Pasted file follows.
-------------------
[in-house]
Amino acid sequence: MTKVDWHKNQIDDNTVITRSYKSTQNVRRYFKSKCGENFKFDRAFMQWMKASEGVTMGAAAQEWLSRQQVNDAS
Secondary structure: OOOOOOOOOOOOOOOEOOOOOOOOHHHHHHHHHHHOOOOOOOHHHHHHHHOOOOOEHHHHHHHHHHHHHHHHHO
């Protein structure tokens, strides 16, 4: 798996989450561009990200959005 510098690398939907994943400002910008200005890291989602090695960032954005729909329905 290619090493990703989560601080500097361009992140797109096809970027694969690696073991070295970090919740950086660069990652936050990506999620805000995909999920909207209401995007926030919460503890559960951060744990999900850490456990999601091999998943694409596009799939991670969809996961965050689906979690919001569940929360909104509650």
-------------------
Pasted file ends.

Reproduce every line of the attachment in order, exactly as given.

[in-house]
Amino acid sequence: MTKVDWHKNQIDDNTVITRSYKSTQNVRRYFKSKCGENFKFDRAFMQWMKASEGVTMGAAAQEWLSRQQVNDAS
Secondary structure: OOOOOOOOOOOOOOOEOOOOOOOOHHHHHHHHHHHOOOOOOOHHHHHHHHOOOOOEHHHHHHHHHHHHHHHHHO
């Protein structure tokens, strides 16, 4: 798996989450561009990200959005 510098690398939907994943400002910008200005890291989602090695960032954005729909329905 290619090493990703989560601080500097361009992140797109096809970027694969690696073991070295970090919740950086660069990652936050990506999620805000995909999920909207209401995007926030919460503890559960951060744990999900850490456990999601091999998943694409596009799939991670969809996961965050689906979690919001569940929360909104509650």